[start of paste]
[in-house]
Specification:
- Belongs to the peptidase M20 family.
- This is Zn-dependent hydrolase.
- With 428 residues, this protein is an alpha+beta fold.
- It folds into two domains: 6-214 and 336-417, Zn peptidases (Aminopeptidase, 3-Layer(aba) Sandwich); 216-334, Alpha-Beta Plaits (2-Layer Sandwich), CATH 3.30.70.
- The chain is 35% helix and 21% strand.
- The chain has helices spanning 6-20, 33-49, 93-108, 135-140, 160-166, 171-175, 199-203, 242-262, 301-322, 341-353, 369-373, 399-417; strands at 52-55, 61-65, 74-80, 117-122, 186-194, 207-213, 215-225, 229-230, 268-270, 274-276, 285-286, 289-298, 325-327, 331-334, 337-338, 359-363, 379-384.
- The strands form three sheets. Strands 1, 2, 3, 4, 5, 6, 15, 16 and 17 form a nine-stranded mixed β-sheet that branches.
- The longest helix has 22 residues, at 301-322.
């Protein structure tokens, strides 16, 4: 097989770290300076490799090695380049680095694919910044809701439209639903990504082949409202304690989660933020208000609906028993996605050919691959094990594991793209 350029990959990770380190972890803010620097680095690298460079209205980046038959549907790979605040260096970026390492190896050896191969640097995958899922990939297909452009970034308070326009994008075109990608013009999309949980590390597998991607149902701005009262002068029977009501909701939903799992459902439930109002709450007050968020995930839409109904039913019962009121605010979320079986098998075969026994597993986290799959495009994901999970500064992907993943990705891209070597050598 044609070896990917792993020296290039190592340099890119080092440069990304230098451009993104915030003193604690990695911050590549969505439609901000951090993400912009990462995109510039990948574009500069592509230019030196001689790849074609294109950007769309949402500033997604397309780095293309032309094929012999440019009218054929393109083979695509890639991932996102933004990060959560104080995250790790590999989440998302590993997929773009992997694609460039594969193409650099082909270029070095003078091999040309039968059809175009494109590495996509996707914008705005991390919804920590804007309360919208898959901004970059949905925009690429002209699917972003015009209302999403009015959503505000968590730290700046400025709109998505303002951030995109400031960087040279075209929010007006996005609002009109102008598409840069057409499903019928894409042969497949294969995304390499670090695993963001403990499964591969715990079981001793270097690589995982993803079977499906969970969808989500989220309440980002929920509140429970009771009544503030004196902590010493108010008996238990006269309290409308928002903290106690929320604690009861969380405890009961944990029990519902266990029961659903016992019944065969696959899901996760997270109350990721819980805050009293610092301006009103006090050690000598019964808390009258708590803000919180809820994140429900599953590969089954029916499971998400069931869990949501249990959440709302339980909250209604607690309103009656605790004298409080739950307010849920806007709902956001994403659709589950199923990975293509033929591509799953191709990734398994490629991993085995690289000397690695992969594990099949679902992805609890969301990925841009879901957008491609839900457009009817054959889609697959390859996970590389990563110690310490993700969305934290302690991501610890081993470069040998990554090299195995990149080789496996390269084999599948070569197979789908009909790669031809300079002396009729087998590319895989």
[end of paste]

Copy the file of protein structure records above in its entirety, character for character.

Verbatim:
[in-house]
Specification:
- Belongs to the peptidase M20 family.
- This is Zn-dependent hydrolase.
- With 428 residues, this protein is an alpha+beta fold.
- It folds into two domains: 6-214 and 336-417, Zn peptidases (Aminopeptidase, 3-Layer(aba) Sandwich); 216-334, Alpha-Beta Plaits (2-Layer Sandwich), CATH 3.30.70.
- The chain is 35% helix and 21% strand.
- The chain has helices spanning 6-20, 33-49, 93-108, 135-140, 160-166, 171-175, 199-203, 242-262, 301-322, 341-353, 369-373, 399-417; strands at 52-55, 61-65, 74-80, 117-122, 186-194, 207-213, 215-225, 229-230, 268-270, 274-276, 285-286, 289-298, 325-327, 331-334, 337-338, 359-363, 379-384.
- The strands form three sheets. Strands 1, 2, 3, 4, 5, 6, 15, 16 and 17 form a nine-stranded mixed β-sheet that branches.
- The longest helix has 22 residues, at 301-322.
């Protein structure tokens, strides 16, 4: 097989770290300076490799090695380049680095694919910044809701439209639903990504082949409202304690989660933020208000609906028993996605050919691959094990594991793209 350029990959990770380190972890803010620097680095690298460079209205980046038959549907790979605040260096970026390492190896050896191969640097995958899922990939297909452009970034308070326009994008075109990608013009999309949980590390597998991607149902701005009262002068029977009501909701939903799992459902439930109002709450007050968020995930839409109904039913019962009121605010979320079986098998075969026994597993986290799959495009994901999970500064992907993943990705891209070597050598 044609070896990917792993020296290039190592340099890119080092440069990304230098451009993104915030003193604690990695911050590549969505439609901000951090993400912009990462995109510039990948574009500069592509230019030196001689790849074609294109950007769309949402500033997604397309780095293309032309094929012999440019009218054929393109083979695509890639991932996102933004990060959560104080995250790790590999989440998302590993997929773009992997694609460039594969193409650099082909270029070095003078091999040309039968059809175009494109590495996509996707914008705005991390919804920590804007309360919208898959901004970059949905925009690429002209699917972003015009209302999403009015959503505000968590730290700046400025709109998505303002951030995109400031960087040279075209929010007006996005609002009109102008598409840069057409499903019928894409042969497949294969995304390499670090695993963001403990499964591969715990079981001793270097690589995982993803079977499906969970969808989500989220309440980002929920509140429970009771009544503030004196902590010493108010008996238990006269309290409308928002903290106690929320604690009861969380405890009961944990029990519902266990029961659903016992019944065969696959899901996760997270109350990721819980805050009293610092301006009103006090050690000598019964808390009258708590803000919180809820994140429900599953590969089954029916499971998400069931869990949501249990959440709302339980909250209604607690309103009656605790004298409080739950307010849920806007709902956001994403659709589950199923990975293509033929591509799953191709990734398994490629991993085995690289000397690695992969594990099949679902992805609890969301990925841009879901957008491609839900457009009817054959889609697959390859996970590389990563110690310490993700969305934290302690991501610890081993470069040998990554090299195995990149080789496996390269084999599948070569197979789908009909790669031809300079002396009729087998590319895989």